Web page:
The new drug did hit its target, PCSK9, and decreased levels of LDL cholesterol by up to 64 percent. There were also decreases seen in levels of total cholesterol and apo-B (tiny fat particles in the blood that also increase the risk for heart disease). Levels of triglycerides and "good" HDL cholesterol were not altered by the medication, and there were no serious side effects reported. Now, researchers are testing the new shot in people who have high cholesterol.
Cardiologists were cautiously optimistic about the novel therapy.
Former AHA President Dr. Ralph Sacco said that it is too early to make any predictions about what role, if any, this therapy will have in lowering cholesterol levels, but it could one day fill an important void.
"Even though statins are so effective at lowering cholesterol and reducing risk for heart disease and stroke, they do need to be taken every day and they can have certain side effects in some people," he said. Statin side effects can include liver damage and/or muscle pain.
"This new shot may provide a more long-lasting approach, especially if it could be given once a month," Sacco said.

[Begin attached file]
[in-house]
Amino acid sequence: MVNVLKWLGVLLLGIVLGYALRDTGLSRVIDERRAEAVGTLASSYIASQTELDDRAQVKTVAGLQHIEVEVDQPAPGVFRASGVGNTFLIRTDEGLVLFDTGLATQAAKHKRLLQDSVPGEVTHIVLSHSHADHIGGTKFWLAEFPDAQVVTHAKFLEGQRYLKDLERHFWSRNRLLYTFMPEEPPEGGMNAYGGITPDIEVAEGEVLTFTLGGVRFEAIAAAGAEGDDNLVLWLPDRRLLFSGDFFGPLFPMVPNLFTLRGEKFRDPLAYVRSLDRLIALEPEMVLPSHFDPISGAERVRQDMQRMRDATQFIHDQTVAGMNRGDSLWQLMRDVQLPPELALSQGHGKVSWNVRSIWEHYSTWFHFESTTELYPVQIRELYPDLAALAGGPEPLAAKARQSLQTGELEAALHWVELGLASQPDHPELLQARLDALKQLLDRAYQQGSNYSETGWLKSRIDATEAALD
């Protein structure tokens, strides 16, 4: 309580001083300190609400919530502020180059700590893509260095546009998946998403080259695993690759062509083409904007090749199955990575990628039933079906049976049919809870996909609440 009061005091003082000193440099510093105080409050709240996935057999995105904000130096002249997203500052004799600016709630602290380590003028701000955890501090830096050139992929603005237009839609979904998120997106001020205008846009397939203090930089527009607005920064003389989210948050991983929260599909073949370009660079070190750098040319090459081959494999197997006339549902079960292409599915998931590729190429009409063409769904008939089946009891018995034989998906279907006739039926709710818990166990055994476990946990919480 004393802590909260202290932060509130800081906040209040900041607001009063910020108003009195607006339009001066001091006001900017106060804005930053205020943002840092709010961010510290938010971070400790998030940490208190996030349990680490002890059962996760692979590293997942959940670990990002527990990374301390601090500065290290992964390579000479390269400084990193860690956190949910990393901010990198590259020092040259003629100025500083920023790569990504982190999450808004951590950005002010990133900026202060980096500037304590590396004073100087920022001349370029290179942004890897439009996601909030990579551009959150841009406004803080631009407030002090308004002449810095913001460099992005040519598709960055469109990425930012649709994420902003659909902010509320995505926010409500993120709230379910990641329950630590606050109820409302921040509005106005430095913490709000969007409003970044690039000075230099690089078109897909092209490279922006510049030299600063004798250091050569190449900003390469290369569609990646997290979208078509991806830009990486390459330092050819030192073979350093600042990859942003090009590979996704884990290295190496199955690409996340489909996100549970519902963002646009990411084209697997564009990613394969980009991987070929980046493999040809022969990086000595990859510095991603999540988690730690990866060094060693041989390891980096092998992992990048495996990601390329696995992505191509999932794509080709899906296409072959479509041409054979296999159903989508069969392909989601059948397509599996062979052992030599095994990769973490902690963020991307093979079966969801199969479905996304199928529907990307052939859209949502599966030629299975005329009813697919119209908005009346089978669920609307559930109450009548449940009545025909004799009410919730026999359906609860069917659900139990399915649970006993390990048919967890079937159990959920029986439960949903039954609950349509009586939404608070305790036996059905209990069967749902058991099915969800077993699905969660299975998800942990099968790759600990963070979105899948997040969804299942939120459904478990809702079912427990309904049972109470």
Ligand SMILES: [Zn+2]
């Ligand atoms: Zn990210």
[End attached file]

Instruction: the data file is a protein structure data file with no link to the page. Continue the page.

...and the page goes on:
Dr. Dan Rader, director of preventive cardiology at the University of Pennsylvania, said that PCSK9 is "the hottest target for new treatments to lower LDL cholesterol." And these study results will probably fuel that fire, he added.
"A 60-plus percent reduction in LDL with a single dose of this antibody is impressive," he said. "It is the early days, but the data look strong. We now need more data with people who have repeated dosing and are followed for longer periods of time," Rader added.
"There are still plenty of people who can't achieve adequate LDL levels with existing drugs, including statins," he noted. Plus, "people may find it easier to get a shot every two weeks or monthly than to take a pill ever
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